In a brief exchange between U.S. Sen. Cory Booker and Clark County District Attorney Steve Wolfson, the prosecutor wanted to know specific steps he could take to reform the local criminal justice system.
Speaking to Hispanic in Politics Wednesday morning, the Democratic presidential candidate took many questions, including some from Wolfson. “Criminal justice reform is very important to me because it is very important to the residents of this community,” Wolfson said.
But the interaction didn’t sit well with some in the room, who have been pushing for changes to the local and state criminal justice system in Clark County for years.
Rolled my eyes so hard I saw my brain https://t.co/af6OHgpKUE
— Laura Martin (@LauraKMM) August 28, 2019
Groups such as Progressive Leadership Alliance of Nevada have fought policies they argue have contributed to filling the state’s jails and prisons. When their input has been overlooked, and suggested policy changes have been ignored, those groups have even campaigned against elected officials responsible, like Wolfson.
“We didn’t just wake up and decide to primary (Wolfson) in 2018 just because we felt like it,” said Laura Martin, the executive director of PLAN, who attended the event.
Across the country, overhauling district attorney offices have become a priority as reformers realized the role prosecutorial discretion plays in incarceration rates and needlessly locking people up in jails for low-level offenses, like traffic citations, or for crimes associated with addiction and mental health issues.
While expressing a desire to make local changes, Wolfson acknowledged the importance of collaborating with civil rights groups, such as Progressive Leadership Alliance of Nevada, when making changes. “I think in order for me to make some of these changes, I need the input and involvement of these constituencies,” he told the Current.
But Martin said people have pressed the DA’s office for years, and need less “listening sessions” and more time for action. “(Wolfson) has the power to do something,” she added.
In a meeting in May, Wolfson asked presidential candidate and U.S. Sen. Kamala Harris — a former DA herself — about balancing reform with public safety. Now, he wanted to hear from Booker, who has made reform a priority in office as well as on the campaign trail.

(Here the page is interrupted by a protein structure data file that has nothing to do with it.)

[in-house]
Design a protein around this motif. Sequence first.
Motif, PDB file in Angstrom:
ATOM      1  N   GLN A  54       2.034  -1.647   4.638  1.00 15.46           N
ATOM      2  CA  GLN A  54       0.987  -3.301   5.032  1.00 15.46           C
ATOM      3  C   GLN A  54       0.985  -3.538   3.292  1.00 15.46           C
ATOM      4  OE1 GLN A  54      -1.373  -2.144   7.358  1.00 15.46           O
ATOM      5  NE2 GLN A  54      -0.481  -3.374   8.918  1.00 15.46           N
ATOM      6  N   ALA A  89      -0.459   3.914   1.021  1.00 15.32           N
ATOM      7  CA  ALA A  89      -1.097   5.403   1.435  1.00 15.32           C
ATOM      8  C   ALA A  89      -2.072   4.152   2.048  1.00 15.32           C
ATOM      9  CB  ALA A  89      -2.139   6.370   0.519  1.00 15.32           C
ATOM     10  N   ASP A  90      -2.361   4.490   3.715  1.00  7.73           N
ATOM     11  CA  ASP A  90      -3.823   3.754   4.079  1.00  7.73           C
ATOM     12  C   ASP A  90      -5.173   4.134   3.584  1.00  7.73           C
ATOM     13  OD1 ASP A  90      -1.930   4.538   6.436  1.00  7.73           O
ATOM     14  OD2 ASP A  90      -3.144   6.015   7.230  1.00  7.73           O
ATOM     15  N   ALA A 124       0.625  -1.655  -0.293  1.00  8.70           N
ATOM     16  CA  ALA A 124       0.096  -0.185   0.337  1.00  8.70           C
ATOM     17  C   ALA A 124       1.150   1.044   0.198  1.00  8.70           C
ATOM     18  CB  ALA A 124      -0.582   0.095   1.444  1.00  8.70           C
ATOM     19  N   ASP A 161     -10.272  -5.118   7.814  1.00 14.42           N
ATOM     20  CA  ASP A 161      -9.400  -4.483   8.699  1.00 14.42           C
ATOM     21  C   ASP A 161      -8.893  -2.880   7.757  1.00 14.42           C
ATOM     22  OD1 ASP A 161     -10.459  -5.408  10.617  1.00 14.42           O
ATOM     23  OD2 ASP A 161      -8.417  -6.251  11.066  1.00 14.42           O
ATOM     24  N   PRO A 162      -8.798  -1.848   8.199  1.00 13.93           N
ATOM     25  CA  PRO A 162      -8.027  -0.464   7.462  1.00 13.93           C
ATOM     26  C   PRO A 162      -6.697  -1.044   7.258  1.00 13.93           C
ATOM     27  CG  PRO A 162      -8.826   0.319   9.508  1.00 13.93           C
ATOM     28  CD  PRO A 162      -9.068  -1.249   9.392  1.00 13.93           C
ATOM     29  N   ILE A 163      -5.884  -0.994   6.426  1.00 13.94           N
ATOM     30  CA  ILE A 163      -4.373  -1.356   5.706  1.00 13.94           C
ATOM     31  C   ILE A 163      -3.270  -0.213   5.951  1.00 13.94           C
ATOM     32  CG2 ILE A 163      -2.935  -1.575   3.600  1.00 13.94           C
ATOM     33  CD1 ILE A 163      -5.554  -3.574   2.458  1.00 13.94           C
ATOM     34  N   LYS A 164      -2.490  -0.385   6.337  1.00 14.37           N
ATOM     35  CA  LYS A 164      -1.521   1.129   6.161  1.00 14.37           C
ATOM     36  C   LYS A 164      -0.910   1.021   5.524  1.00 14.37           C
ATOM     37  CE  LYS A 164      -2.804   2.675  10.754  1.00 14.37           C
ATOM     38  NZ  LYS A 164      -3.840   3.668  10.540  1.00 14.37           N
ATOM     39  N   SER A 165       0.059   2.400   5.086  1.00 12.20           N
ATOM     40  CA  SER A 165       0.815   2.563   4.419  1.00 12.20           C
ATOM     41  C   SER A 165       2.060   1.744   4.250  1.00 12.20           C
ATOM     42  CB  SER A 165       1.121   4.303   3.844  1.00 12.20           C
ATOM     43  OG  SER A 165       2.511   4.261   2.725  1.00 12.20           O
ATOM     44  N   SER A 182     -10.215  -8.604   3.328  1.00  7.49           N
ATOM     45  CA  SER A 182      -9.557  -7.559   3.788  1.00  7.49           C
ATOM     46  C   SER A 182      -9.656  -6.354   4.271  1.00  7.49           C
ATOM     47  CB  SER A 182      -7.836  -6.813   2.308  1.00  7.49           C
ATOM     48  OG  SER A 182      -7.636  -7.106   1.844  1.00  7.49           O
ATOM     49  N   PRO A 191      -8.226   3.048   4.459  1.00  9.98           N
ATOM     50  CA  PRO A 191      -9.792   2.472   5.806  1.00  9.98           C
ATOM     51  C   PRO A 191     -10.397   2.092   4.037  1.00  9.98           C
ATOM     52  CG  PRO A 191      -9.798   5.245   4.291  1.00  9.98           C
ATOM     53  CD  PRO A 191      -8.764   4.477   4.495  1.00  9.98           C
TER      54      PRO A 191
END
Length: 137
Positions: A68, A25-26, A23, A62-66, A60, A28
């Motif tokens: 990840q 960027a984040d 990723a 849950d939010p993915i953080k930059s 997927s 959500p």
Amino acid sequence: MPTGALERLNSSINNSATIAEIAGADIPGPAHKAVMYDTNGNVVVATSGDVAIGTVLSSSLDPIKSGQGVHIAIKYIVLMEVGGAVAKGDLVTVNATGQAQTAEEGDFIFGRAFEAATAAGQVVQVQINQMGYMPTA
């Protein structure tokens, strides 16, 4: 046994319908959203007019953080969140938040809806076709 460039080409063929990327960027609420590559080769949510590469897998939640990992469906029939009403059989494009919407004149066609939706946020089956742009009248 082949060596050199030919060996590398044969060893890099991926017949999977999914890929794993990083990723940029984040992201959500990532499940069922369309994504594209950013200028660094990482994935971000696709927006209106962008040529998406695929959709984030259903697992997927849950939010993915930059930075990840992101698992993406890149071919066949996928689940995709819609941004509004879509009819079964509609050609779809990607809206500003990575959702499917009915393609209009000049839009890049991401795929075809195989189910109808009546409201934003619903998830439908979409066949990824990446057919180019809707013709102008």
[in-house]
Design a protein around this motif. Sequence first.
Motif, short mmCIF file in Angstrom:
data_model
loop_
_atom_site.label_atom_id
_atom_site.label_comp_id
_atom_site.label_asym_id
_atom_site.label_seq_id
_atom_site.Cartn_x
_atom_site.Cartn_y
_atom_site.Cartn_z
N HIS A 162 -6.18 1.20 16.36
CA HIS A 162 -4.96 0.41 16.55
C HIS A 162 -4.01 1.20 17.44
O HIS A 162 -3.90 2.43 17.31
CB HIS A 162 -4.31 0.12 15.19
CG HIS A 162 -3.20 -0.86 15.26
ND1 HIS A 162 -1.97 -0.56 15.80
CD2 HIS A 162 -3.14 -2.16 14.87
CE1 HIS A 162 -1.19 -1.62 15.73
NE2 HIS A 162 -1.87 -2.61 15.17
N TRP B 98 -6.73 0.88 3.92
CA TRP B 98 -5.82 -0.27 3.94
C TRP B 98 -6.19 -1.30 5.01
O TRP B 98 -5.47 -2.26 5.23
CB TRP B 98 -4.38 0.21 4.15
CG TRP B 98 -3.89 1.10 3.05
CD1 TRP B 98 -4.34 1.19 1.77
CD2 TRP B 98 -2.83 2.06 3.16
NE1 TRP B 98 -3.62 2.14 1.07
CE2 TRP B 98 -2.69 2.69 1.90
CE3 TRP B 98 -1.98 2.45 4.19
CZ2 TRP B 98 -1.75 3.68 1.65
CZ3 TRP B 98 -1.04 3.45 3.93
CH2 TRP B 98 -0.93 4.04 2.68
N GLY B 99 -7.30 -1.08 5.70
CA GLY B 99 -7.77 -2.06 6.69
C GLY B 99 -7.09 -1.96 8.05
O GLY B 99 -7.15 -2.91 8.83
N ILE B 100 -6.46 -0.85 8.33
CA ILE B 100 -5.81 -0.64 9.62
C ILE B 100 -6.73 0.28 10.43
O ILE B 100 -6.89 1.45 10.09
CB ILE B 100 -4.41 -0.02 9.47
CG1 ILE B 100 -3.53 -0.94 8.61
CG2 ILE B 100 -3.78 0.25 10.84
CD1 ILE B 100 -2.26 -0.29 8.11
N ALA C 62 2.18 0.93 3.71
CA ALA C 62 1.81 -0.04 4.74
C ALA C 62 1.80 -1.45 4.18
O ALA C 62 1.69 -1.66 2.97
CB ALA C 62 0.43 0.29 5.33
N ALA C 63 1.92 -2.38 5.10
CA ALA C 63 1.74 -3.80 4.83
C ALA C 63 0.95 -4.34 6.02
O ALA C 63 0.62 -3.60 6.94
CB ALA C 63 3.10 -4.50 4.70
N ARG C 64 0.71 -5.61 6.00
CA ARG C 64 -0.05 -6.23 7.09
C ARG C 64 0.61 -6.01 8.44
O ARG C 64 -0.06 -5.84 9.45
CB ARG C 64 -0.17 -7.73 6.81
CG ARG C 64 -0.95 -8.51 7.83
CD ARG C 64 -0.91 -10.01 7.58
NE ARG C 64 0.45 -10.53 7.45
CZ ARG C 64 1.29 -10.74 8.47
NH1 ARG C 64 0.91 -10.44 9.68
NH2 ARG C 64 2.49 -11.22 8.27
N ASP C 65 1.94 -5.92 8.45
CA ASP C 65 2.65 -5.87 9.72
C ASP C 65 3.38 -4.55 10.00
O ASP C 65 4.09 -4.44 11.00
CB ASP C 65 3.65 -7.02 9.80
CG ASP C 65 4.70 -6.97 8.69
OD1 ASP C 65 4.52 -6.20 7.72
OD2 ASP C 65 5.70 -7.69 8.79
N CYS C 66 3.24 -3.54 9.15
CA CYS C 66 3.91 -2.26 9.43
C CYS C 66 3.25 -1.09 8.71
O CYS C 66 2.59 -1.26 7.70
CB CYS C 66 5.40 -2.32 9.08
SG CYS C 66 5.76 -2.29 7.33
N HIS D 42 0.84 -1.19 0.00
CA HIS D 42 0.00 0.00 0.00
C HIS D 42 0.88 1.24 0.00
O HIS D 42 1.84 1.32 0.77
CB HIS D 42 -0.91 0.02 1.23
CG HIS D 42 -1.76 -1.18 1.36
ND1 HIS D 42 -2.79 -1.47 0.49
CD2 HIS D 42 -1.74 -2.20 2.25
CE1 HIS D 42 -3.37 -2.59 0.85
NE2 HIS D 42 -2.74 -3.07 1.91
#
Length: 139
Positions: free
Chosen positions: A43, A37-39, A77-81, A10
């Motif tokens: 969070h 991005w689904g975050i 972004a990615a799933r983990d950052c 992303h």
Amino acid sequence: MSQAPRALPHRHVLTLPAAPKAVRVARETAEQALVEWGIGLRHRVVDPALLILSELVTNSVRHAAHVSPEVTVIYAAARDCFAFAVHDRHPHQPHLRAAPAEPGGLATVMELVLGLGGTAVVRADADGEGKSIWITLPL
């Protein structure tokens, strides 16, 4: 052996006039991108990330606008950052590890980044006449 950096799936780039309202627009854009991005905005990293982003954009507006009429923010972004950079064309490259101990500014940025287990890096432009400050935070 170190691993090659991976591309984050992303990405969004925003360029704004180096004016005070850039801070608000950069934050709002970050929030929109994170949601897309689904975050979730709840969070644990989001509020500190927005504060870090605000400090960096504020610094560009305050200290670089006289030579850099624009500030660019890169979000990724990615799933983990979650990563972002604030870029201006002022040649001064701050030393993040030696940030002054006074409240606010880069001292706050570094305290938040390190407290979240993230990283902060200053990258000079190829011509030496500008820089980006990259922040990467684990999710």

Booker told Wolfson there is “no one magic strategy.“
“It has to be a constellation of strategies to keep our community safe,” he said. “We over-incarcerate human beings who often need help. We have a nation that deals with mental health issues and addiction issues as opposed to health care and treatment.”
Wolfson countered that diversion programs require more funding. “Those alternatives to incarceration cost money,” he said. “I want to divert more people from being charged with a crime or going to jail, but I have to divert them to something.”
Booker said America uses “dumb math” when dealing with jail populations, arguing that it is more costly to jail mentally ill people, many of whom are experiencing homelessness, rather than place them in supportive housing with wrap-around services.
“What we found in Newark one of the best things we could do — and the best way to save taxpayer money — is to empty out our jails of people who were being harmed there and begin to have better pathways for them,” he said.
In an interview with Nevada Current, Wolfson said his office is committed to seeking alternatives. He referenced two diversion protocols the office is working to implement — an early intervention pre-charge diversion program and a restorative justice program — to contend with people who enter the criminal justice system for larger systemic issues.
“The early intervention pre-charge diversion program is where we assess people’s needs to try to divert them out of the criminal justice system before charging them with a crime,” Wolfson said. “We determine what their needs are and address those needs.”
With more police presence in minority-heavy areas of town, like East Las Vegas, Martin countered that the community is more likely to have interactions with law enforcement, which could lead to more citations or arrests for things like jaywalking or traffic tickets.
“Instead of a pre-charge program think about pre-interaction,” she added.
Martin called for changing the way policing is done, requiring more implicit bias training for officers and ending the practice of over-policing black and brown communities in the first place.
There are larger issues at play, Booker told Wolfson.